Snowmobiling

Snowmobiling

SnowmobilingDuring the winter months, Canada is a snowmobiling mecca. From fast-flowing trails to pristine off-piste backcountry, snowmobiling is a popular winter activity which allows participants to experience winter's splendor in the great outdoors.

Like all recreational activities, there are inherent risks that require snowmobile riders to act responsibly by being prepared and making good choices. Out there you will encounter frozen lakes and deep backcountry powder far from the comforts of the city.

The Right Gear

Taking the Essentials:
  • Flashlight
  • Fire making kit
  • Signalling device (i.e. whistle)
  • Extra food and water
  • Extra clothing
  • Navigational/communication devices
  • First aid kit
  • Emergency blanket/shelter
  • Pocket knife
  • Sun protection
Leave a Trip Plan with responsible party, family member or friend.

Take equipment specific to snowmobiling:

  • Full-face helmet and goggles
  • Warm, waterproof jacket & pants
  • Thermal underwear with an extra thermal layer
  • Warm gloves, socks & hat, with extras of each
  • Avalanche transceiver, probe and shovel
  • 50 ft length of rope – used in avalanche rescue or crevasse rescue
  • Spare gas, belt, plugs and tools

Contact us to request the Survive Outside—Snowmobiling program presentation at your school or community group. This presentation is geared for snowmobilers and uses much of the content from Survive Outside adapted to winter conditions. Segments feature travel tips on both snow and ice, including critical information when travelling in avalanche terrain.

Ensure that you are properly trained and equipped to survive a night outside or to help others in need. You should also be aware of the following specific safety issues associated with snowmobiling.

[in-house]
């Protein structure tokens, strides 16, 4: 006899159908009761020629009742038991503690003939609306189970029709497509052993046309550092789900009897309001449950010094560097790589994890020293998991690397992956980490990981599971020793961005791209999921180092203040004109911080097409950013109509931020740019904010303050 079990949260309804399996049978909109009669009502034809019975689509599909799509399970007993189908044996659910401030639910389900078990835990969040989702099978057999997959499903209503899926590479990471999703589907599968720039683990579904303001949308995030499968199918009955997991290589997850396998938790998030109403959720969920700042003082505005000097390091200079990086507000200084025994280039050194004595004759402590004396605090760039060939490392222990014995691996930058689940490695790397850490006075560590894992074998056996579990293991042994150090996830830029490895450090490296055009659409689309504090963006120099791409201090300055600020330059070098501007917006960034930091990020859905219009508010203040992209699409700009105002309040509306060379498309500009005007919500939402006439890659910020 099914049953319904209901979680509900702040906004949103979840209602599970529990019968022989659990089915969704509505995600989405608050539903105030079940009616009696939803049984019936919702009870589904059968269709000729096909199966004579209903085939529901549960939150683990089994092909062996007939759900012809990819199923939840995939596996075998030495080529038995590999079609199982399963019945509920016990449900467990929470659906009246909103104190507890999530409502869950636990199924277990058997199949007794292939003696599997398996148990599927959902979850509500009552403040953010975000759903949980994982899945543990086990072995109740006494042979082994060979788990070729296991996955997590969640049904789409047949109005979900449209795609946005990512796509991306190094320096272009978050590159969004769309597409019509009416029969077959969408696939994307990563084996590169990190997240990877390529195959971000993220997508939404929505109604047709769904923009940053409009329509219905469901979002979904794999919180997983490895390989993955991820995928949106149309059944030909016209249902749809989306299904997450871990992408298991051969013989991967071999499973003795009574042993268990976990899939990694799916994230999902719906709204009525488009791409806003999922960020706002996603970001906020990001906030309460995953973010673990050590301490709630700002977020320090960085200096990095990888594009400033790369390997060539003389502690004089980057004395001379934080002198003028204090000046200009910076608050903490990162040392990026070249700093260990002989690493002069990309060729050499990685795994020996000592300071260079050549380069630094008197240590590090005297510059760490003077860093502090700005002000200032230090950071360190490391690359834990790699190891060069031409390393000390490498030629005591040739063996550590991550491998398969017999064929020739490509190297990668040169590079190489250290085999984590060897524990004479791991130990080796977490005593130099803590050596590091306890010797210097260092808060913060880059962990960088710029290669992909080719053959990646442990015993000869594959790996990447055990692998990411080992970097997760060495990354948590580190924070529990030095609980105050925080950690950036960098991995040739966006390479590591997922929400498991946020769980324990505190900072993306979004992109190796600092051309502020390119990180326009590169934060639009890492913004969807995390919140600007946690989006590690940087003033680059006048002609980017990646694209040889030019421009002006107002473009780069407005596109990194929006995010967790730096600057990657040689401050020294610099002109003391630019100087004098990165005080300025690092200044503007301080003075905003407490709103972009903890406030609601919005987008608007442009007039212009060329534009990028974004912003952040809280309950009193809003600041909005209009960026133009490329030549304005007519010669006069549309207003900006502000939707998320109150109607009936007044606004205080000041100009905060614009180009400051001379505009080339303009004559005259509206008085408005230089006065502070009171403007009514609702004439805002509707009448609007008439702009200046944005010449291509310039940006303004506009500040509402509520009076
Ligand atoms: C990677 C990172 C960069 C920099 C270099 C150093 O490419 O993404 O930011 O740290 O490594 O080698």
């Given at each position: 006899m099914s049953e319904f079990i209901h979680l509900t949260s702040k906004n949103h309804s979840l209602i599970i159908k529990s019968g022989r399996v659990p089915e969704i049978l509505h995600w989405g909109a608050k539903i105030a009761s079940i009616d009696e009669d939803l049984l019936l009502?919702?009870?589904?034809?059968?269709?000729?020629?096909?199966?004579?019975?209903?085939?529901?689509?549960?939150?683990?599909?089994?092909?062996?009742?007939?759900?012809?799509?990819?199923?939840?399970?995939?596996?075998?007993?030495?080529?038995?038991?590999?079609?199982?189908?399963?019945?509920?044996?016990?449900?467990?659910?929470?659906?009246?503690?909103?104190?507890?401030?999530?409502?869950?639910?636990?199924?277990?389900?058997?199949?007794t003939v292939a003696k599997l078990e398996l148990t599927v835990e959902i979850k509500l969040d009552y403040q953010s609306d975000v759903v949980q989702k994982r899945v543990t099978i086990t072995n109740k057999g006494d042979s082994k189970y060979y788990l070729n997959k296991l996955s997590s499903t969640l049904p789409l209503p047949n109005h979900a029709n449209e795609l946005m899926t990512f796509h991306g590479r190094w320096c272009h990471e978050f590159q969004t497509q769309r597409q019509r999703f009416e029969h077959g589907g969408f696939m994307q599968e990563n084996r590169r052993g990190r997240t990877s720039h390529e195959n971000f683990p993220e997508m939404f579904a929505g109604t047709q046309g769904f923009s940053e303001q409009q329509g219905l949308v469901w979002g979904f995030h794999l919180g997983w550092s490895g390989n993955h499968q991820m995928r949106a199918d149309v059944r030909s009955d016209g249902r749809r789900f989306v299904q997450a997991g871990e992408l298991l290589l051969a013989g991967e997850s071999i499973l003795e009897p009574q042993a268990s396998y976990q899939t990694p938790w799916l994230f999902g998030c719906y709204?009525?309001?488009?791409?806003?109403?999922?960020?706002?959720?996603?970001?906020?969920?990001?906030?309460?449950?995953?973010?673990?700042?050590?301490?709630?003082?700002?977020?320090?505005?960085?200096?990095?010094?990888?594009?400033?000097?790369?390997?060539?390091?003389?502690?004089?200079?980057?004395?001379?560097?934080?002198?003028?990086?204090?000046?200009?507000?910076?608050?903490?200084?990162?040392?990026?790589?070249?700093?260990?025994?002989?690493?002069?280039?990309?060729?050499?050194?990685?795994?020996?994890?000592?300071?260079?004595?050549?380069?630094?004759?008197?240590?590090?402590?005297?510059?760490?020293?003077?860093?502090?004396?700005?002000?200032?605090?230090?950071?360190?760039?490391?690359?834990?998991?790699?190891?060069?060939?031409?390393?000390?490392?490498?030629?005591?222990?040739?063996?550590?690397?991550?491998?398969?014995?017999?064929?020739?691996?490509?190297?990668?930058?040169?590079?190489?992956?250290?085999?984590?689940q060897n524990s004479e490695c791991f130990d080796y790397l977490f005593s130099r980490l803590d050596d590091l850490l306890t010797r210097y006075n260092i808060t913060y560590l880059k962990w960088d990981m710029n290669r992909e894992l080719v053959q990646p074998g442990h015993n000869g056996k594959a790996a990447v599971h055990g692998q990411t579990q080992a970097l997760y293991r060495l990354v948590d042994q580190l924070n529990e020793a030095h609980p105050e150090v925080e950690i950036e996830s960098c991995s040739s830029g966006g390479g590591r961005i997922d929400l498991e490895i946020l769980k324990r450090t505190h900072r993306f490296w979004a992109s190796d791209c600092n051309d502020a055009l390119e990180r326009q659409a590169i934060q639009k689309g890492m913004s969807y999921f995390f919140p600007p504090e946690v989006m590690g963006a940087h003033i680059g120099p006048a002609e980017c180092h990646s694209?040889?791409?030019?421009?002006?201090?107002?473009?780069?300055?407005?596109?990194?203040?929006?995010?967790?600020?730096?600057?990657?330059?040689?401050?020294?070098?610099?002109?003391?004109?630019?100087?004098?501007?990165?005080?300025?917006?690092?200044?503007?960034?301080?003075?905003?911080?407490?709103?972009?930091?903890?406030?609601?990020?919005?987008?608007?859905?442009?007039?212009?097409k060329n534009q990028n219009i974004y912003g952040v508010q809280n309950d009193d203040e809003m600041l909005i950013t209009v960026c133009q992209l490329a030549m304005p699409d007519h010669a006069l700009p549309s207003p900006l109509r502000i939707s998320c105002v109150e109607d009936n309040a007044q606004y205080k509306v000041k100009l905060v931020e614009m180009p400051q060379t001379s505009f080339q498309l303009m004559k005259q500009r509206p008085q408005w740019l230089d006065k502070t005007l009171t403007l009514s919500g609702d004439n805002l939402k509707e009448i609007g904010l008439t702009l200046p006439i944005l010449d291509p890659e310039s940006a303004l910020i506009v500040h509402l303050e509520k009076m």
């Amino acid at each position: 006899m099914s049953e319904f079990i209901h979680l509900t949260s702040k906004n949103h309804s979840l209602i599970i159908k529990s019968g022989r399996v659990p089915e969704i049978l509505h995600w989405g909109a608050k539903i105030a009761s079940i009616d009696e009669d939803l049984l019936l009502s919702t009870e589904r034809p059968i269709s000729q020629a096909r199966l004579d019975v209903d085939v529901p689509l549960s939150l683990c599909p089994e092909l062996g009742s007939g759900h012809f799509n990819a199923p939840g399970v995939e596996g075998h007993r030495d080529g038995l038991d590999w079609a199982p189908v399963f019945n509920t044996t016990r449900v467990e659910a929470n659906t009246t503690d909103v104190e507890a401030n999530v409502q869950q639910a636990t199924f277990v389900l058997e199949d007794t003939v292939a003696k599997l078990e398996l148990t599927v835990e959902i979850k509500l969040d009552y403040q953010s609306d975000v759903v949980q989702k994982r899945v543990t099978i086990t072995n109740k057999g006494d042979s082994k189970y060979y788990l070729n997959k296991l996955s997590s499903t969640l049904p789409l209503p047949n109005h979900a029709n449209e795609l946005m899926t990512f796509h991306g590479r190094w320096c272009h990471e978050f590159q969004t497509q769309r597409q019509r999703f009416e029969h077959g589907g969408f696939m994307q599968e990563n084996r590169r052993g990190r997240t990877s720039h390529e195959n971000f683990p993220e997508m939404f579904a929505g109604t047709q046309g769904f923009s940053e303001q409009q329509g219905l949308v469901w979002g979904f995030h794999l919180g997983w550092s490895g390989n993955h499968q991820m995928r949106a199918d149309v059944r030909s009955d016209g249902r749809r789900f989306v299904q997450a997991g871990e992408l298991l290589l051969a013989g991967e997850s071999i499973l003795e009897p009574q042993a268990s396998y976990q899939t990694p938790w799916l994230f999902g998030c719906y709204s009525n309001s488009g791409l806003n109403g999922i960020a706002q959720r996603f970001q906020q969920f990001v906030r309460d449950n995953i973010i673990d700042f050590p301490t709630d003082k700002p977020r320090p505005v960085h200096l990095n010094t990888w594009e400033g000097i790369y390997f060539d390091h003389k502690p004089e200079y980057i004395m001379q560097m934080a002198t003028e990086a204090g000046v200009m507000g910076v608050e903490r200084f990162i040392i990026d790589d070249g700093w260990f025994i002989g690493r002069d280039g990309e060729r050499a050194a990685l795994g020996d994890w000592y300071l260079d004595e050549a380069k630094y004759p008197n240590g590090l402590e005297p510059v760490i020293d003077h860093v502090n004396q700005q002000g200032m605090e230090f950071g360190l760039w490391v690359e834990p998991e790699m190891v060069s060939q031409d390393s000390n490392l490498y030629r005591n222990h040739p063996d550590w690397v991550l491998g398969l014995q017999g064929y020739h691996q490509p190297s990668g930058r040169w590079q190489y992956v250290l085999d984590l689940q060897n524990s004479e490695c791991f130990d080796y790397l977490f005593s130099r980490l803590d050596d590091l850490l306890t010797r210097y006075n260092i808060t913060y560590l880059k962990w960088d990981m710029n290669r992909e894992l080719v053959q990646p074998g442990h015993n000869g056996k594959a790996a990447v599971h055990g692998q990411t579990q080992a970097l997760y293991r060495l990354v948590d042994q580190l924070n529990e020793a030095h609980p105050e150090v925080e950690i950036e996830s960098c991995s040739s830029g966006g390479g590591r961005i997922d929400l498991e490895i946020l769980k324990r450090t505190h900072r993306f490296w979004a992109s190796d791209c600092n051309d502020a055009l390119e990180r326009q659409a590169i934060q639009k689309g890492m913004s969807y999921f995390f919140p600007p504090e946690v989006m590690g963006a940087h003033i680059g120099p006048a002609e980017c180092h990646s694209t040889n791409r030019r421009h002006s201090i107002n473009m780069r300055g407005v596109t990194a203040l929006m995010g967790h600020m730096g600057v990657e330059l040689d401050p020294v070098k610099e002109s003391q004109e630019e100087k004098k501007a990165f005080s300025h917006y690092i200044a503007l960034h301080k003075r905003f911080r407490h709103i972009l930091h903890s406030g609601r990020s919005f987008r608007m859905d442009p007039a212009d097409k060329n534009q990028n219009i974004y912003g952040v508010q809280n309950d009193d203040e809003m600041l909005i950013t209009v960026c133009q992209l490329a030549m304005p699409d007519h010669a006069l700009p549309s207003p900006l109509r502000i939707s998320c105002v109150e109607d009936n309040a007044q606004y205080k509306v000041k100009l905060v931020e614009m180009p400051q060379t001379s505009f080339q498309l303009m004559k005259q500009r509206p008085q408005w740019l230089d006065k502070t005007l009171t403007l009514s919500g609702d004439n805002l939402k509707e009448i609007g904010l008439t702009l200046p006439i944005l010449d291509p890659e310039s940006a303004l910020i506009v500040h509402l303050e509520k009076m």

Alcohol Use Many snowmobile crashes occur because of alcohol consumption. Alcohol use
is also a leading cause of snowmobiling-
related fatalities. Alcohol and drugs negatively affect your body by affecting your vision, equilibrium or balance and coordination, and reaction time.

Speed and Careless Operation Speed is a major factor in many snowmobile crashes. Always keep the speed of your snowmobile
slow enough to ensure you are in control and operating safely. Excessive speed combined with alcohol or drug use is especially dangerous.

Night Riding Riding at night requires extra precautions. It is important to ride at slower speeds and use caution to not override snowmobiles' headlights. Headlights generally illuminate the path about 60 metres in front of you – so if you're driving faster than 60 km/h you're likely
exceeding the area illuminated by your headlights before you can react and stop safely.

Roadways Many snowmobile trails are located alongside roadways and sometimes cross over them. Always be aware of vehicles on the roadway, drive defensively, and come to a complete stop at all posted stop signs, as well as at unmarked road crossings.

Youth Riders Youth are important to the future of snowmobiling, so it is important that extra precautions be taken to ensure they have safe outings that are also enjoyable so they develop
a desire to continue snowmobiling as they get older. Help ensure youth operators receive proper training and that adults use appropriate precautions when riding with kids.

Avalanche Avalanches that involve people do not occur randomly. Over 90 percent of the time, the victims or someone in their group triggers the snow slide. This means that avalanches could generally be avoided if snowmobilers would learn to follow avalanche safety procedures. If you ride in avalanche terrain, learn simple things that can help save lives.

Closed Areas Respect for closed areas, regardless of whether they are private or public lands, is important since closed areas often contain hazardous conditions for snowmobile operators.
Other areas may be closed due to sensitive landowner relations or due to special management prescriptions that benefit wintering wildlife or nonmotorized recreation.

Photo: Canadian Tourism Commission (banner); Tourism Laurentians/Guillaume Pauliot

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